“How strongly do you believe in the power of positive thoughts? If there were ever a time to believe you can overcome any obstacle, this is it…”

“I can’t feel my heartbeat, Neil.”

“Well, your heart is gone, Chuck.”

“Promise me something, Neil.”

“Anything, Chuck!”

“You’ll captain this ship to the moon… and you’ll beat those Soviets… for me… and America.”

“Oh. Well, Chuck, you see, I said ‘anything’ because I actually anticipated that you were going to ask me to sire a son with your widowed wife…”


“I see now my assumption was a little unusual, but don’t let that spoil the gravity of this moment, Chuck, however, I also made another promise that involves me not going to the moon, so now I must consider whether upholding a non-binding verbal agreement for which I have already been compensated is outweighed by a professional rival’s dying words…”

“Stay… away… from my family…”

“Wait, was that the promise you wanted me to keep? Chuck? Was that it? Stay away from your family? Chuck? Chuck, answer me!”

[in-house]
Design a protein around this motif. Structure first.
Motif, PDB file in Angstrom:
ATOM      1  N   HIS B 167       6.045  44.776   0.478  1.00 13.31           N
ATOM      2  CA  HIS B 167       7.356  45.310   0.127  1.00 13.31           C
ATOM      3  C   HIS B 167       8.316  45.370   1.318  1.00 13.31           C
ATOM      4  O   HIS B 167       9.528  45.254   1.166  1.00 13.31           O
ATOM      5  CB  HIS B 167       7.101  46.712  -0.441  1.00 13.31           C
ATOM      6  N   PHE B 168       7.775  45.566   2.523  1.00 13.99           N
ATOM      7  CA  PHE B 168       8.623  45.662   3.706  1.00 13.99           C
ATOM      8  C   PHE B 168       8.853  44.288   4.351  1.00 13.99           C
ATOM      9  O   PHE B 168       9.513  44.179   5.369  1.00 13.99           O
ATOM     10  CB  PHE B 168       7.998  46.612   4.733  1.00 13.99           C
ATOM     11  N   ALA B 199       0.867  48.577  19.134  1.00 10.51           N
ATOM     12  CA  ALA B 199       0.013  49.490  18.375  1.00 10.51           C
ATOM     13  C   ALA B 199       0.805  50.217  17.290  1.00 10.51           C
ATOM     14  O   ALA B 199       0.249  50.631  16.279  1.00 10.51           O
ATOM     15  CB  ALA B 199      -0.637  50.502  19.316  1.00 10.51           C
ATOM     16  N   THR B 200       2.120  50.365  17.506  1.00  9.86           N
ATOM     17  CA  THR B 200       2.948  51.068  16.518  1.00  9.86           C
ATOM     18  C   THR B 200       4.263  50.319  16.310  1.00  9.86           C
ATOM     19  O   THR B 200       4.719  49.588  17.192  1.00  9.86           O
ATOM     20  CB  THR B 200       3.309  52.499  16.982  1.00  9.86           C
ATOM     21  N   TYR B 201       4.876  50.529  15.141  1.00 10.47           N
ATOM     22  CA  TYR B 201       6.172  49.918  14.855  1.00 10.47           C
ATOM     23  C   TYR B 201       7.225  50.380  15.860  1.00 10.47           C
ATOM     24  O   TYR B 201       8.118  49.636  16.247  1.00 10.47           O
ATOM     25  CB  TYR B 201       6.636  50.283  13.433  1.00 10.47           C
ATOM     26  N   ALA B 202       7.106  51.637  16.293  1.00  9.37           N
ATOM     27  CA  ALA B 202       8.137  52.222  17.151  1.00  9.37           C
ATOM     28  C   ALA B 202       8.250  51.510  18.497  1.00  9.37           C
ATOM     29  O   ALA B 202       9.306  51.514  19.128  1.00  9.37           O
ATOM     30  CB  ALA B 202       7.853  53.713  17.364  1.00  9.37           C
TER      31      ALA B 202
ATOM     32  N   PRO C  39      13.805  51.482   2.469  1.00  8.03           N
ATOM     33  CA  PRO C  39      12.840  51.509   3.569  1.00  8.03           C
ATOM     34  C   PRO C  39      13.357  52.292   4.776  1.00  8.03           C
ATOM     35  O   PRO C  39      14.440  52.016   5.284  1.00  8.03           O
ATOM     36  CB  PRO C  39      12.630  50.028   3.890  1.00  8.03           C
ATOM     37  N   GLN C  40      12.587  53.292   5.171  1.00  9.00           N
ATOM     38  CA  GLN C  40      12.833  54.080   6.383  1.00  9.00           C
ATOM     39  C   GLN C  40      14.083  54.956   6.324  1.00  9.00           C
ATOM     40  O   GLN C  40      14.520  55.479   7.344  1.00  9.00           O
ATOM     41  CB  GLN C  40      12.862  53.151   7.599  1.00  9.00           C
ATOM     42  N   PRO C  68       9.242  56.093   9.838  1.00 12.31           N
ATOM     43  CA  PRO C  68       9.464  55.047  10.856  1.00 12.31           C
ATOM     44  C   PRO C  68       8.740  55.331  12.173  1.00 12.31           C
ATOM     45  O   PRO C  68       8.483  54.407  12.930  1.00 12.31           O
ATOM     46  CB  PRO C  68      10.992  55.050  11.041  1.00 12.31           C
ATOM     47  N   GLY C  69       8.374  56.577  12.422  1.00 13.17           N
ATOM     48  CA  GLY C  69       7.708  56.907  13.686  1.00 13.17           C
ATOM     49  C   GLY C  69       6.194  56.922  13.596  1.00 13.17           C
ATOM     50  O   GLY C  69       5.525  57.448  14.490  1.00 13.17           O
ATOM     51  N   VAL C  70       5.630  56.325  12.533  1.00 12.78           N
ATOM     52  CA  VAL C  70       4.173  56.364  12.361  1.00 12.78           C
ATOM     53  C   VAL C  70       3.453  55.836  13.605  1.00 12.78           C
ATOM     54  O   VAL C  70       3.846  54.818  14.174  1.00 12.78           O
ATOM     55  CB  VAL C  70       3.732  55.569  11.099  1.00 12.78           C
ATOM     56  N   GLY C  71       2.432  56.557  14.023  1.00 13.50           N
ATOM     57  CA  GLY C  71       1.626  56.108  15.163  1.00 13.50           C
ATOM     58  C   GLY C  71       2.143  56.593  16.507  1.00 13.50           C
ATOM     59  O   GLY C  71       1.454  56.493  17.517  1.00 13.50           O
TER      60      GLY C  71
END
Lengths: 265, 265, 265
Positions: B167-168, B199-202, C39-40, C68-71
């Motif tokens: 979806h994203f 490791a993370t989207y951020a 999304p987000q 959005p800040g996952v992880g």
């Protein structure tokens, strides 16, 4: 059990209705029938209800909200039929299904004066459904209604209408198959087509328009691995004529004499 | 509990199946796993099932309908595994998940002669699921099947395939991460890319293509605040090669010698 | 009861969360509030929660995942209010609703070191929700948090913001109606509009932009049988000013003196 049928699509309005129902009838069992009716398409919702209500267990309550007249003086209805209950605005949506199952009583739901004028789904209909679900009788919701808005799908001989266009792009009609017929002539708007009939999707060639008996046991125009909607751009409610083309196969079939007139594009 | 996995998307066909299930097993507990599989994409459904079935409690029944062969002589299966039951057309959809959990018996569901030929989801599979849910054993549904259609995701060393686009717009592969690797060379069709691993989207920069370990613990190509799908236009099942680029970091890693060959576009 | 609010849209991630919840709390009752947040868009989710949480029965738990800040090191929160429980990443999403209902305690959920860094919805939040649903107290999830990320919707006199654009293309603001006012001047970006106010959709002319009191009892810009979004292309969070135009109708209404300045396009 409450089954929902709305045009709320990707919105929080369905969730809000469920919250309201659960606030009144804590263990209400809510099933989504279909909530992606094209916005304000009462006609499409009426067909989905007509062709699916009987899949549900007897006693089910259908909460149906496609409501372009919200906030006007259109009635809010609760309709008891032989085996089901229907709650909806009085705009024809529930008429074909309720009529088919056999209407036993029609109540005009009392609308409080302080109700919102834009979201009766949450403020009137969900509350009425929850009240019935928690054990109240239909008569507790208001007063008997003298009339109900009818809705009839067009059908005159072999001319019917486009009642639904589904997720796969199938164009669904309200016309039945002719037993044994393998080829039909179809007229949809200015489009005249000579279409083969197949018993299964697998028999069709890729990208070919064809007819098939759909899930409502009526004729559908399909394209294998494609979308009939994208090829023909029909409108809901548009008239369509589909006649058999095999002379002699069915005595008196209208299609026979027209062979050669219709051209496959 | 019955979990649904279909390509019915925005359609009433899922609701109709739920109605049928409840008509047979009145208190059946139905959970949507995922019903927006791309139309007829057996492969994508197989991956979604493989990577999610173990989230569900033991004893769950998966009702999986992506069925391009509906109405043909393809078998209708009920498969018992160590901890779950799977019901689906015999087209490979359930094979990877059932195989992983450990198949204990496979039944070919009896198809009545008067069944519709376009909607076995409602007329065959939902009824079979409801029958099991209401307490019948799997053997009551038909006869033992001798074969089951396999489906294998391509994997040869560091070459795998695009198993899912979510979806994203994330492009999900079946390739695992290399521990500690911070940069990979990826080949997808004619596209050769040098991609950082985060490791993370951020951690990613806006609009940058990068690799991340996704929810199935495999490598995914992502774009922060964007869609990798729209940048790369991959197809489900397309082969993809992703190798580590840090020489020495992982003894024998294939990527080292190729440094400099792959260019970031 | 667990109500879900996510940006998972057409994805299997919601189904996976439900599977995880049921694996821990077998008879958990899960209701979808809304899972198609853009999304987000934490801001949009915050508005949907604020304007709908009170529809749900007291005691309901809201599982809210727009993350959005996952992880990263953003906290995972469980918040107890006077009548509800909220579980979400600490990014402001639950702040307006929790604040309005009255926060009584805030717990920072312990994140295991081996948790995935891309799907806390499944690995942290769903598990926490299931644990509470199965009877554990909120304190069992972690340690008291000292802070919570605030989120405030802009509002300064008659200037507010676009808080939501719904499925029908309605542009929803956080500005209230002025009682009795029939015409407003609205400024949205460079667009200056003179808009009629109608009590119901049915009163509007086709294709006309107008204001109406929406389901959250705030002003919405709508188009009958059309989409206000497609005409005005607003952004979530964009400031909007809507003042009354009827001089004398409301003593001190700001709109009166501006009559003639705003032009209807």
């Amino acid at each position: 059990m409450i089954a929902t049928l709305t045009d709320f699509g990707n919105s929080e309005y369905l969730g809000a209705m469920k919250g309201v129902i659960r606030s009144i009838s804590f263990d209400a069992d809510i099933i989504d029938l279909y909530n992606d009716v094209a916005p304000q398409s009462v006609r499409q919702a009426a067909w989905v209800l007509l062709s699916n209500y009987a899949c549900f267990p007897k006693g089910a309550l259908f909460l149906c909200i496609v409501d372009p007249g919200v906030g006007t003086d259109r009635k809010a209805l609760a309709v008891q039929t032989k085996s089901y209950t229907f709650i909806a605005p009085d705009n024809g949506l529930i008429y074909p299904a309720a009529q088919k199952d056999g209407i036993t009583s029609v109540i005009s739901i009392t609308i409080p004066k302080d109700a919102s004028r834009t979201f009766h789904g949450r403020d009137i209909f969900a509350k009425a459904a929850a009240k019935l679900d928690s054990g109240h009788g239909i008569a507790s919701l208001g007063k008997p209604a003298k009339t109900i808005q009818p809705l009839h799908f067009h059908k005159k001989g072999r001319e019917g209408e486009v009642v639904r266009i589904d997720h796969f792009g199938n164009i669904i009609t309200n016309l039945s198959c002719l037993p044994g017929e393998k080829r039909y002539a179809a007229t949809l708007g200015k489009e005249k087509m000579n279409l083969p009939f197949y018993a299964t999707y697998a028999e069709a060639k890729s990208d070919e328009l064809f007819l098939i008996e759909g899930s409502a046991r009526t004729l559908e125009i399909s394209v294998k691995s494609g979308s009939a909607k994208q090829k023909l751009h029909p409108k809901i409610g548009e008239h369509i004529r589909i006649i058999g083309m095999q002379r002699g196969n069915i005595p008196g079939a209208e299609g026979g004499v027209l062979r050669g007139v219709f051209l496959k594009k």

“He’s gone, Neil.” there’s a crack in Buzz’s voice. “He’s gone.”

“Th’ man died a ‘ero. May ‘e rest in peace.”


Michael Collins installs the multimetered gyroscopic modulator into the AVRO CF-11’s principal directioning system, located in the Engine Room (Deck 8). Thanks to Yeager’s discovery in his final moments, the city-sized spacecraft now has full spherical orientation control. Satisfied by his craftiness, Collins hides the leftover screws in his pocket, then rubs the grease off his hands with a pre-moistened industrial strength cleaning wipe.

Cutinga lurks in the shadows behind the accelerometric core capacitor, stalking Collins, waiting for the perfect moment to strike.


Neil Armstrong invites himself into the Regency Suite without even knocking. He finds quite the makeshift telecommunications center nested against the vertically-striped wallpaper. Prescott, Leipzig, and a wrinkly brood of scientists hover around a mahogany two-pedestal breakfast table, arguing over schematics.

Neil coughs to attract Prescott’s attention, “Pardon me, Senator…”

“Captain Armstrong! Are you ill?”

“No, sir. That merely was a ploy to get you to notice me.”

“Oh?” Prescott’s taken aback by the charade. “Honesty and transparency are virtues I hold most dear in business partnerships, captain. In fact, it rather worries me when someone I trust with a very important assignment begins to operate at this level of deception…”